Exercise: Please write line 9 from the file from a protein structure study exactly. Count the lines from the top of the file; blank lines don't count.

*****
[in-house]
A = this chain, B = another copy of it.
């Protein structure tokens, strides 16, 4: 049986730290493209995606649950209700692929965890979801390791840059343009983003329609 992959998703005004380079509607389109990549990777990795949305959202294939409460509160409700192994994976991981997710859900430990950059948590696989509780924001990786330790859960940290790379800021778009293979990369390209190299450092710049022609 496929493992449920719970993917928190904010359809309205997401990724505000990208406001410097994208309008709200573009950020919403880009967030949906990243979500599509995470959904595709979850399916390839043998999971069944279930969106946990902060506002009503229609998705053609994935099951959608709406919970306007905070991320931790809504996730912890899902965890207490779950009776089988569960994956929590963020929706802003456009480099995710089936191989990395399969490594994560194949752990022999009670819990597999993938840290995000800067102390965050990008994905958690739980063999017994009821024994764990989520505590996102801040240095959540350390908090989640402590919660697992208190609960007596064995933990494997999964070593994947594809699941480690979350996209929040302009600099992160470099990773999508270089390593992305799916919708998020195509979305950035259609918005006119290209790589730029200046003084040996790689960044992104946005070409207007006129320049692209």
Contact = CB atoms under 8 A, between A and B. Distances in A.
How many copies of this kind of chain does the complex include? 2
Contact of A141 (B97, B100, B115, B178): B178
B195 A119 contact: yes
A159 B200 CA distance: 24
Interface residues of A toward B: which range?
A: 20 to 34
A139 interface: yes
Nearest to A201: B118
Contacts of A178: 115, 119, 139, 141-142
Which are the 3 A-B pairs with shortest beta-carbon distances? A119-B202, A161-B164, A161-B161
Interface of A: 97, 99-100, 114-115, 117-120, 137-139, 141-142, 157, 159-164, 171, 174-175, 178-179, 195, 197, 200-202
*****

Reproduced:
Interface residues of A toward B: which range?